London's "Can of Ham" skyscraper back on after six-year hiatus

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London's "Can of Ham" skyscraper back on after six-year hiatus

News: the stalled London skyscraper dubbed the Can of Ham is reportedly back underway at 60-70 St Mary Axe, close to Foster's Gherkin.

According to trade journal Construction News, building contractor Mace has been appointed to build the 24-storey office tower designed by London firm Foggo Associates, which won planning approval in the summer of 2008 but hasn't progressed since.

Can of Ham 60-70 St Mary Axe by Foggo Associates

The project is being developed by TIAA Henderson Real Estate and the contract value is reported to be in excess of £100 million.

It is expected to include approximately 26,000 square metres of office space, as well as ground-floor retail and streetscape enhancements.

Can of Ham 60-70 St Mary Axe by Foggo Associates

Foggo Associates – the studio established by former Arup Associates partner Peter Foggo before his death in 1993 – designed the arched profile of the tower to respect existing views through the City of London.

Richard Rogers famously designed the shape of the Leadenhall Building, also known as the Cheesegrater, for the same reason.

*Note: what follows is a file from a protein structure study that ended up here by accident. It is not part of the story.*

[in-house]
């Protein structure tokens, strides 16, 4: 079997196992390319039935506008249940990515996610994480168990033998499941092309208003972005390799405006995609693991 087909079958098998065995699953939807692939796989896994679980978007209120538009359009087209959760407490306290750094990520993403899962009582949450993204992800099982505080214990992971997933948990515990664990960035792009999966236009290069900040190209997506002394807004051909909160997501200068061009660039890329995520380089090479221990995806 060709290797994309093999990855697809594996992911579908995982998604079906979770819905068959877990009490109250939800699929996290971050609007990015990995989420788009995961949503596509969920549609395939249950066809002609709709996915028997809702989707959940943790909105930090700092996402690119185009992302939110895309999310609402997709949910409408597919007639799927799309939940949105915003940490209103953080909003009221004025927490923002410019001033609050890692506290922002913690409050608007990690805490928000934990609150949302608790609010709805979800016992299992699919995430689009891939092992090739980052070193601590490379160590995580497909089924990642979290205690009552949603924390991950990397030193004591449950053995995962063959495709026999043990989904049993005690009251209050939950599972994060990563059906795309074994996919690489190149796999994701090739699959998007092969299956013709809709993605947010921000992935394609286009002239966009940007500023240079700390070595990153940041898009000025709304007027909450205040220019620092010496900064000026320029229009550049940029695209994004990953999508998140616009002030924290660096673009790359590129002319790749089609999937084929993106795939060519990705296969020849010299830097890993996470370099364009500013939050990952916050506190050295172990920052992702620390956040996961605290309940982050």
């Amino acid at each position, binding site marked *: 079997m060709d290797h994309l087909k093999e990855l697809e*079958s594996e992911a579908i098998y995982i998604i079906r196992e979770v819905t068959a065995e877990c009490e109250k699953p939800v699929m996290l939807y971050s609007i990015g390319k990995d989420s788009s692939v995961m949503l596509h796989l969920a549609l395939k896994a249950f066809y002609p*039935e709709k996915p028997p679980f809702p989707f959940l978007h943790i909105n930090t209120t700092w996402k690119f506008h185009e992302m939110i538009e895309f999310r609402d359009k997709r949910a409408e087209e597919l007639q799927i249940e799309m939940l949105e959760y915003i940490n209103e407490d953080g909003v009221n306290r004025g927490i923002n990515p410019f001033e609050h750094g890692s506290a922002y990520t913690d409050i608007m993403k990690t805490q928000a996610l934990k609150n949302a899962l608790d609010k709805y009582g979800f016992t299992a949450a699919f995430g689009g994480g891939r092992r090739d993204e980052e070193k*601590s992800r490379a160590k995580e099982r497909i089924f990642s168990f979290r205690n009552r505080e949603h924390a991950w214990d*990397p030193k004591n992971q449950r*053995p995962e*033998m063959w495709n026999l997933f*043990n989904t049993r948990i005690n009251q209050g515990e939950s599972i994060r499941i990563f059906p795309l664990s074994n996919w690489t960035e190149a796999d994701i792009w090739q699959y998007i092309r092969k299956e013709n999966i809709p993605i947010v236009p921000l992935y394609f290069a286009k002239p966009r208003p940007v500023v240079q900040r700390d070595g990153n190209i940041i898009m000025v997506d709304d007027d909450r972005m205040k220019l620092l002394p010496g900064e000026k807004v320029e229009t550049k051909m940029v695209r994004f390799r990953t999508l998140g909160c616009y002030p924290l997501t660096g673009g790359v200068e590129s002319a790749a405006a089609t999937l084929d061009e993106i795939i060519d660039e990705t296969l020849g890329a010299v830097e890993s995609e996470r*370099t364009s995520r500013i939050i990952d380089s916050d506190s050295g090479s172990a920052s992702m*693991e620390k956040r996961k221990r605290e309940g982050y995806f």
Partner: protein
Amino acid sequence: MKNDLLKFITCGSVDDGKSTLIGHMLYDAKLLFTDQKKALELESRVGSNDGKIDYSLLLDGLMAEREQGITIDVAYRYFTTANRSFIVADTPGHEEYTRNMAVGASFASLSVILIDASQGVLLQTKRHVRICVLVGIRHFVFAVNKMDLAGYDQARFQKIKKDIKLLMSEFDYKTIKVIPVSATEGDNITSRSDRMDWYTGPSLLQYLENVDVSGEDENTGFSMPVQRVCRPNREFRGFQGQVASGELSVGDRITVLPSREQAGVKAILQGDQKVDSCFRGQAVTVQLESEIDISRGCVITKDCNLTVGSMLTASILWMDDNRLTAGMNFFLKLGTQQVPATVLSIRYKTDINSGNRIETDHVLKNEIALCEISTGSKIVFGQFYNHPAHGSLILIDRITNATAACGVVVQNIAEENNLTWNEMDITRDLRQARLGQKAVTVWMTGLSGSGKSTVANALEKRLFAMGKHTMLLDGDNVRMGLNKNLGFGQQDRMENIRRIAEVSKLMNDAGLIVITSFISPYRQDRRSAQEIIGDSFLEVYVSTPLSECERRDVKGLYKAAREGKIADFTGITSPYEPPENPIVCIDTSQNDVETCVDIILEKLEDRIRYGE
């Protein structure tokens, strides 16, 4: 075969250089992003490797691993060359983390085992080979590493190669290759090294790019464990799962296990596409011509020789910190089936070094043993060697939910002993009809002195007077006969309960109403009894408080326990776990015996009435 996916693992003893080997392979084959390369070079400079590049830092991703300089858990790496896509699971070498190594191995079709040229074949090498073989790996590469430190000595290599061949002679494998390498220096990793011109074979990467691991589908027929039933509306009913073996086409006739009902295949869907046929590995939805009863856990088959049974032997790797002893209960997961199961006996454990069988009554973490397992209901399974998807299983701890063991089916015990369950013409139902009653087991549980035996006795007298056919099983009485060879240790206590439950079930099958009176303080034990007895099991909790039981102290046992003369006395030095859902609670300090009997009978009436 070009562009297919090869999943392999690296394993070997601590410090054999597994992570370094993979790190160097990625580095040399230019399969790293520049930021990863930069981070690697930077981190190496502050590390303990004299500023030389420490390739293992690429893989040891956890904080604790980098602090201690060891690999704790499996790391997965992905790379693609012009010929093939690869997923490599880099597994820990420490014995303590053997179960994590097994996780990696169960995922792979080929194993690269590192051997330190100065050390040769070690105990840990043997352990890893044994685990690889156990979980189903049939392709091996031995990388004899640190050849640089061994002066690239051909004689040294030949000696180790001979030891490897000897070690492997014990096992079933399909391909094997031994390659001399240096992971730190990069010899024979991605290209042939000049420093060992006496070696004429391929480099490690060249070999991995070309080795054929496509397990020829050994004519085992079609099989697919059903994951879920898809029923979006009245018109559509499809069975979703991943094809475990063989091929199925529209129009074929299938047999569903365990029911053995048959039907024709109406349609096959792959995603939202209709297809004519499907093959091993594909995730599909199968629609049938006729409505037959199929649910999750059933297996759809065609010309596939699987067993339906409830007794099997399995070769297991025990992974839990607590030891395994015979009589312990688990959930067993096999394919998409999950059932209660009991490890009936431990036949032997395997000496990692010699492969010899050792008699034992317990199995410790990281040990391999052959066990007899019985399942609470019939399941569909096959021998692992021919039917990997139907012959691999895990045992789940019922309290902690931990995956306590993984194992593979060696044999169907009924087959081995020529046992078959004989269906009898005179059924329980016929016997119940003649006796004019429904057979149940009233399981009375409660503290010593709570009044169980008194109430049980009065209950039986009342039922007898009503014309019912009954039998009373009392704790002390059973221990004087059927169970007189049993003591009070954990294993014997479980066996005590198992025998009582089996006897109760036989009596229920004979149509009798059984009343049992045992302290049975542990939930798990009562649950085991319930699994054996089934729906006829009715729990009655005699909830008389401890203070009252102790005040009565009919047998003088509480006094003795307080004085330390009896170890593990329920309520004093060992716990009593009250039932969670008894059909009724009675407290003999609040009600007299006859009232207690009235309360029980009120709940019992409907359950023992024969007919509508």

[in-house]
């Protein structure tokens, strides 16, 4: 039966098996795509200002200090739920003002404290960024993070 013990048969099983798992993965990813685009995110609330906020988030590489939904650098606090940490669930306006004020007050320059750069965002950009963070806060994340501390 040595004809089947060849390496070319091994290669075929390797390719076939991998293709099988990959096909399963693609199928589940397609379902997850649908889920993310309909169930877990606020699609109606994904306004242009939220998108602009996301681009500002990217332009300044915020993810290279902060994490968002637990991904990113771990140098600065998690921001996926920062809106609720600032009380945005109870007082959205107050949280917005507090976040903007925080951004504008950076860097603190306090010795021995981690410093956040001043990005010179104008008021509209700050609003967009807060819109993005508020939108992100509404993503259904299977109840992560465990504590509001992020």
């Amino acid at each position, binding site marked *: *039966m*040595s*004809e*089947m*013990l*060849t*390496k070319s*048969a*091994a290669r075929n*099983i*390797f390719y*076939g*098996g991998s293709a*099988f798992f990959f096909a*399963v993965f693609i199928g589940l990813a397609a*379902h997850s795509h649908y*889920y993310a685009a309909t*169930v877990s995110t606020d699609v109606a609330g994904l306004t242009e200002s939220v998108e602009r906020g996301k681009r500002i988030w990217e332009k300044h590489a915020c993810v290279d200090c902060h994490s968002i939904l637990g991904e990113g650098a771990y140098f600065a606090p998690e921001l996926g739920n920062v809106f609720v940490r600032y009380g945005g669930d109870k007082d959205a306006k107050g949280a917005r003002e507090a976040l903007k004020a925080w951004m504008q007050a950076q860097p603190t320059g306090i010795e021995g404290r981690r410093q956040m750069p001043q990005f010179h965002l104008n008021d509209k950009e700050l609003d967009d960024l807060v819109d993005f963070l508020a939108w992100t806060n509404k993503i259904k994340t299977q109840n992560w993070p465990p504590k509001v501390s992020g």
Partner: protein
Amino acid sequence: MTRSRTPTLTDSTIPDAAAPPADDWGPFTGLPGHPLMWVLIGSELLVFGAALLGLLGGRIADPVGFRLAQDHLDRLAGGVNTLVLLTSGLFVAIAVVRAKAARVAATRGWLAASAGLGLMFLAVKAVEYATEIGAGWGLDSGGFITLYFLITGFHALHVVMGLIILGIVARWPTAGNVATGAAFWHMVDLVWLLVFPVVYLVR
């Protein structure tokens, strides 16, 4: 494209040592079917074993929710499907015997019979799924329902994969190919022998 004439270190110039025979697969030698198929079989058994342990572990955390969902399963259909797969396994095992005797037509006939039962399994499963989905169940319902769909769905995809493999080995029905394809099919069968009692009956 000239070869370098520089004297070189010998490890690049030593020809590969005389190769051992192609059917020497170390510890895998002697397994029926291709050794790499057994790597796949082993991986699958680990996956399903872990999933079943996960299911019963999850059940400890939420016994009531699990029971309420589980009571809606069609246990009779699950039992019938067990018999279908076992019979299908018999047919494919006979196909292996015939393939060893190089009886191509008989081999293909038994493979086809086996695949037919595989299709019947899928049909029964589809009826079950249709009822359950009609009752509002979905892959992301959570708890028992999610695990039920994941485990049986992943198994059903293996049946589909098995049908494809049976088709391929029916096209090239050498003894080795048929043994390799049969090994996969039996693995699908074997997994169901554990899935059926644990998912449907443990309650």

Can of Ham 60-70 St Mary Axe by Foggo Associates

The nickname, Can of Ham, is a reference to the building's resemblance to the tinned meat popular during wartime rationing.

Foggo developed vertical shading fins to wrap around the curved outer walls, while the glazed end elevations are engineered to reduce solar gain.

Can of Ham 60-70 St Mary Axe by Foggo Associates

The project became delayed during the global financial crisis, as did several other London skyscrapers including KPF's helter skelter-shaped Pinnacle.

It was initially proposed by a subsidiary of UK firm Targetfollow but was sold to one of the world's biggest pension funds after the subsidiary company went into administration.